Indigenous peoples from around the world gather in Darwin to focus on land and sea management

The World Indigenous Network (WIN) conference drew together Indigenous peoples from all over the planet gather in Darwin late May to comprehensively focus on land and sea management.

The aim was to provide a rewarding and enriching experience, ensuring that land and sea mangers from around the globe had an opportunity to contribute.

Rangelands NRM WA’s Indigenous NRM Projects facilitator, Bevan Gray attended the meeting and found it to be an extremely worthwhile experience.

“This inaugural event will be ongoing and may occur every two years.”

The conference theme was overseen by Australian and international Indigenous peoples, with Natural Resource Management at the forefront of the week’s agenda.

Mr Gray said a ranger exchange program was also run in conjunction with this conference where international rangers travelled to various places throughout Australia in the preceding week to integrate with local indigenous ranger teams, share knowledge and practices then deliver a presentation to the WIN participants.

One of the outcomes is the establishment of an Australian Indigenous Ranger Network and Mr Gray has volunteered to be part of this.

“The daily agendas were very full with a short introductory session held each morning with guest speakers before the information sessions began,” Mr Gray said.

“On the final day participants were broken into geographical group to collate the findings from the WIN Conference information sessions, stalls, workshops, presentations and networking opportunities - which flowed freely all week. The findings are to be collated and disseminated when complete.”

Mr Gray said the entire conference was recorded by television crews. Every one of the information sessions & workshops was captured and is available on the WIN website.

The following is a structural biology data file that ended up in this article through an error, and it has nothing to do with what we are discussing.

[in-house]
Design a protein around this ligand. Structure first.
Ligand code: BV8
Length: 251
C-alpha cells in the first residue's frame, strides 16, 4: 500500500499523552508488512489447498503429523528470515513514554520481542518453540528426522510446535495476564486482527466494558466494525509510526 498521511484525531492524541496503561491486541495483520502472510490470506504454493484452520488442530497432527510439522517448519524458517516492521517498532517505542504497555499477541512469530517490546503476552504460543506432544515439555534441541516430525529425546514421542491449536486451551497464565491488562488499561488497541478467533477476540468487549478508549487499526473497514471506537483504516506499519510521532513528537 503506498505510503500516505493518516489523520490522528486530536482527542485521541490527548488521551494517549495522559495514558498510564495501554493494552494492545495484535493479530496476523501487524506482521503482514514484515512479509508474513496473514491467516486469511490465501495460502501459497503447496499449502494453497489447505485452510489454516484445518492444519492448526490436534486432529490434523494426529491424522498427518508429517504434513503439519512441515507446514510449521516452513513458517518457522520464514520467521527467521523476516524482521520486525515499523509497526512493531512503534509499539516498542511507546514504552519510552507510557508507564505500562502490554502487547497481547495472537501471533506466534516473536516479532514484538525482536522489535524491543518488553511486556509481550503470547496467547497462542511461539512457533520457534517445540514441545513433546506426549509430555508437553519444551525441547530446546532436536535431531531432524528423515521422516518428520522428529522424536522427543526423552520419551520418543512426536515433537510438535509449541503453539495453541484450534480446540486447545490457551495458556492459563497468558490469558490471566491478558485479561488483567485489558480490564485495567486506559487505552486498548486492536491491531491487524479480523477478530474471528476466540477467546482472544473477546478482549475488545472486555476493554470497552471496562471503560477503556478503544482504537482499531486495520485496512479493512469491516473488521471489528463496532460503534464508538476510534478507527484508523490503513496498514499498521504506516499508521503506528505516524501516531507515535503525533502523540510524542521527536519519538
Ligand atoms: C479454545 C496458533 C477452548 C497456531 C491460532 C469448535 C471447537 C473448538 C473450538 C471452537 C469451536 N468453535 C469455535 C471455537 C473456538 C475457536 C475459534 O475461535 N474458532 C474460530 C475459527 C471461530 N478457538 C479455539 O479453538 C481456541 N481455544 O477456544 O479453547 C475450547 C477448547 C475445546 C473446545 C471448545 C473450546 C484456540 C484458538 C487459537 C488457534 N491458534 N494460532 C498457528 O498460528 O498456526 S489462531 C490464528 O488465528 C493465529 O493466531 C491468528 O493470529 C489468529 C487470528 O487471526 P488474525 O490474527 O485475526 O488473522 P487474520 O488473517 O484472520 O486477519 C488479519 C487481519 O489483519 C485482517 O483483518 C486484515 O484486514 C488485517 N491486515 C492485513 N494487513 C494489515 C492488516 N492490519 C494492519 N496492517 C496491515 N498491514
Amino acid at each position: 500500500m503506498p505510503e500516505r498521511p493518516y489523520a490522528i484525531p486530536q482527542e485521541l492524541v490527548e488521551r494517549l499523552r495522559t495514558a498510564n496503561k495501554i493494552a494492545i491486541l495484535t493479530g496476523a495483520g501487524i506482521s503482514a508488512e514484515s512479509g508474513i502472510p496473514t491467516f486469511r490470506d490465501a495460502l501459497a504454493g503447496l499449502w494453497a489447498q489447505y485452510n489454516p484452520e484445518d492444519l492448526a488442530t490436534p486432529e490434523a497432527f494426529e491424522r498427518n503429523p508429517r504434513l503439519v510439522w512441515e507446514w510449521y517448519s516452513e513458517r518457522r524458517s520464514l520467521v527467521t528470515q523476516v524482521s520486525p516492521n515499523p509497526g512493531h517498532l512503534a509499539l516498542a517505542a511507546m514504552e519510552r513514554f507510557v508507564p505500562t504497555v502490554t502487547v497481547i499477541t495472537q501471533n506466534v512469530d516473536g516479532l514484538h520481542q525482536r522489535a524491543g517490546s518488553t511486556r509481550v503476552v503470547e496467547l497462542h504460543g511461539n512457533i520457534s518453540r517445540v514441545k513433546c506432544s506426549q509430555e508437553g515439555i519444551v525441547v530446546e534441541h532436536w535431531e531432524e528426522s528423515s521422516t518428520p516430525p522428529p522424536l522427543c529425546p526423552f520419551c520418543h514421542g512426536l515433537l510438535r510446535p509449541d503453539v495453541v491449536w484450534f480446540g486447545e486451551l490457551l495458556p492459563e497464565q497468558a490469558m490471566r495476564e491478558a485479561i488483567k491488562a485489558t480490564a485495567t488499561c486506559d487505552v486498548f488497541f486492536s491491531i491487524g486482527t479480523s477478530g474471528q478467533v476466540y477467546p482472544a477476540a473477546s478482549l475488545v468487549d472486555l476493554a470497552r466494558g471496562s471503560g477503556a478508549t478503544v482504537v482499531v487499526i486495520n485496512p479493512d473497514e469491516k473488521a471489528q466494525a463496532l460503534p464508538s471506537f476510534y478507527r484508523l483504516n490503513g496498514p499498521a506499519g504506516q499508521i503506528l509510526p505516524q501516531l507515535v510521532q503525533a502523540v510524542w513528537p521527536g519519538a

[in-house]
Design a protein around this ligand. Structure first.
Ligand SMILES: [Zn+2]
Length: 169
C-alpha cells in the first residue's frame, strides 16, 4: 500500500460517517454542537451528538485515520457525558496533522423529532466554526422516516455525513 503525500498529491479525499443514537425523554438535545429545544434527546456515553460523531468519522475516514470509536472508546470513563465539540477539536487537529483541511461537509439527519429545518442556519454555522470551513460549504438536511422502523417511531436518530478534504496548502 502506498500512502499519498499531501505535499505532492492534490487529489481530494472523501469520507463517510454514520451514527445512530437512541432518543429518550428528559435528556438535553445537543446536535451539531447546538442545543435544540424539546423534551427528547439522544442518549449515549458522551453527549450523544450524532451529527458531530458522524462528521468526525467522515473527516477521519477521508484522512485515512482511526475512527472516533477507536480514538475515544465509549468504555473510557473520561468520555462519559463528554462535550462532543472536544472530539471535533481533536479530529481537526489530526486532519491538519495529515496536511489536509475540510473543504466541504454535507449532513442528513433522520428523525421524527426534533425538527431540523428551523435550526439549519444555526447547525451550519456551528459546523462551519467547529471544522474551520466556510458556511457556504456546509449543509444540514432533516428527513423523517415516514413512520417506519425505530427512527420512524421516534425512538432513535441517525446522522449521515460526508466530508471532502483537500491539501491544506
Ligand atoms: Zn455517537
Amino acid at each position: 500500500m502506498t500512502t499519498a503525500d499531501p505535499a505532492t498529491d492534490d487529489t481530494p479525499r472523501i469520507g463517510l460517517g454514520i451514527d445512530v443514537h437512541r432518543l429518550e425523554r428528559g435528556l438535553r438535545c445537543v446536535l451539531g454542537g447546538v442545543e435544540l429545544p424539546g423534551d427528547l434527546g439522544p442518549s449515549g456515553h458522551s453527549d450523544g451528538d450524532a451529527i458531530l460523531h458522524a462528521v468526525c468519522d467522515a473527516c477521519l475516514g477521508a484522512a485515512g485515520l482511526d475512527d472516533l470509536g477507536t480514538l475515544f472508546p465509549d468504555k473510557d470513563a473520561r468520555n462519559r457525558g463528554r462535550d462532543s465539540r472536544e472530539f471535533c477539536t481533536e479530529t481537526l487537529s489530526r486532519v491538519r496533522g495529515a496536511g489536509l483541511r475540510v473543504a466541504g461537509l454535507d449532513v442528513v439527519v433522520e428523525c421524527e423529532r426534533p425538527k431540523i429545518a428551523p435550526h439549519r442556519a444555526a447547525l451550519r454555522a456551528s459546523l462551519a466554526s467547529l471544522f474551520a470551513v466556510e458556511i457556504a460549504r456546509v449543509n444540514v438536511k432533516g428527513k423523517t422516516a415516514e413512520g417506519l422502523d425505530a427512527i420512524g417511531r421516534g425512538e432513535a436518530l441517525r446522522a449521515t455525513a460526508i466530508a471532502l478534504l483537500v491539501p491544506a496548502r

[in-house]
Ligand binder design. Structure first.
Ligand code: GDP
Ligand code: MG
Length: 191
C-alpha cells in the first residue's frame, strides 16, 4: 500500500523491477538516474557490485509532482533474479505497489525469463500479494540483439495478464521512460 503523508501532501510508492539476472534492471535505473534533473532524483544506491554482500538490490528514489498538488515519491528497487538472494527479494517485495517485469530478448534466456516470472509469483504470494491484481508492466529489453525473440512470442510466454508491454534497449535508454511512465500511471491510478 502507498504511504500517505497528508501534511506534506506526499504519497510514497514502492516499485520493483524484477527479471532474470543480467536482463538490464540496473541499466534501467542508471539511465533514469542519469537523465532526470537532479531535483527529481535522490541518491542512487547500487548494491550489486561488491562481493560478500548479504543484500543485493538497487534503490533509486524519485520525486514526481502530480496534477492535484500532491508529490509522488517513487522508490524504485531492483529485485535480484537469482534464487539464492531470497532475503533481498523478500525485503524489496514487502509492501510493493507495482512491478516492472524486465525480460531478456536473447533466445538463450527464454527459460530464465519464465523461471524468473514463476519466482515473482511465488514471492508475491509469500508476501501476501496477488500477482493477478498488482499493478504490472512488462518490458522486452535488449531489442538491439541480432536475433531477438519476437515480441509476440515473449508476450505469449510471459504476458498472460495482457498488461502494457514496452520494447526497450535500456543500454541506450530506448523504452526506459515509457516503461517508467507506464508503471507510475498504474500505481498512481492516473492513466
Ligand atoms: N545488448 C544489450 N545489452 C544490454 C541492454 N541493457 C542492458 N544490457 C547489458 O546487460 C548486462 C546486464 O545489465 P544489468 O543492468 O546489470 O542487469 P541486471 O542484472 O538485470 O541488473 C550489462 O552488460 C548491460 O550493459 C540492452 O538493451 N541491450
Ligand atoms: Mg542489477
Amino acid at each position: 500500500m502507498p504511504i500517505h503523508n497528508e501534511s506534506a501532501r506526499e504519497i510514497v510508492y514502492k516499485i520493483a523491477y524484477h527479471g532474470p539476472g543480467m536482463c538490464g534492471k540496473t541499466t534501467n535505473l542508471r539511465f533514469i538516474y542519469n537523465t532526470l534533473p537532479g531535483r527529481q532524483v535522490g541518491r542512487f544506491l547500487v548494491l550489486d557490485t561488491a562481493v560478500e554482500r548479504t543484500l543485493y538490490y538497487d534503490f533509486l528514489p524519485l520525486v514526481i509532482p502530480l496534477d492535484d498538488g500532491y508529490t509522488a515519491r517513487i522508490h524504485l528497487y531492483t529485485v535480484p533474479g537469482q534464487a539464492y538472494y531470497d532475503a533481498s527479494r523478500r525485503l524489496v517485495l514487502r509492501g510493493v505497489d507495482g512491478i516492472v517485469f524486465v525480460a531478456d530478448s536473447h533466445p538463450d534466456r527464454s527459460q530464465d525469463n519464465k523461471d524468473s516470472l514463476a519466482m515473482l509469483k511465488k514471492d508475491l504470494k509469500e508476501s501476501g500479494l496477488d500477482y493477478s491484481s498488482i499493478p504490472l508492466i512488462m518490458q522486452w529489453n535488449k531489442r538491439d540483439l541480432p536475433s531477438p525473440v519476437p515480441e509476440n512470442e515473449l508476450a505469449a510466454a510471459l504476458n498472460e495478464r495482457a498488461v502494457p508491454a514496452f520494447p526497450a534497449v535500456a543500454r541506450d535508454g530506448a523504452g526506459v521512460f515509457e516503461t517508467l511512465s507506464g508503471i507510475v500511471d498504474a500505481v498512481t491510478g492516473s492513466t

“Follow the links and enjoy the ride just as all present got to do,” Mr Gray said.

“Make sure you watch the closing ceremony where you will see old Tiwi Islander ladies boogying with Masai warriors in full dress.”

“The colour of your skin has nothing to do with being Indigenous. I’m sure many of those present will never think the same again as we saw Sami ladies from Lapland display everything that it means in being an aboriginal person.

“Their love of the land and all that it encompasses is no different to anyone else. The spiritual values and respect for forebears is just as great as for an aboriginal man in the desert regions of Australia. It’s just that they live in a frozen land many miles away from Darwin and its barmy climate,” Mr Gray said.

“Please find the time to learn from the WIN website. You will be there without leaving the room. I promise you.”

Background

The gathering was a creation from an idea developed between the then Minister for the Environment Tony Burke and former Kimberley Land and Sea Council CEO Wayne Bergmann in 2011.

They had discussed the possibility of an international knowledge sharing network for Indigenous land and sea managers. Several entities became involved in sponsorship including Woodside Energy, DSEWPaC & FaHCSIA supported by partners such as the Indigenous Landholders Corporation, GHD Consultancy, CSIRO, the Nature Conservancy, PEW Environmental group and many others.

This level of engagement with sponsorships and partnerships led to a fantastic event that was very professionally run. A credit to all involved.

Image used courtesy of the WIN Secretariat. Photography by Wayne Quilliam.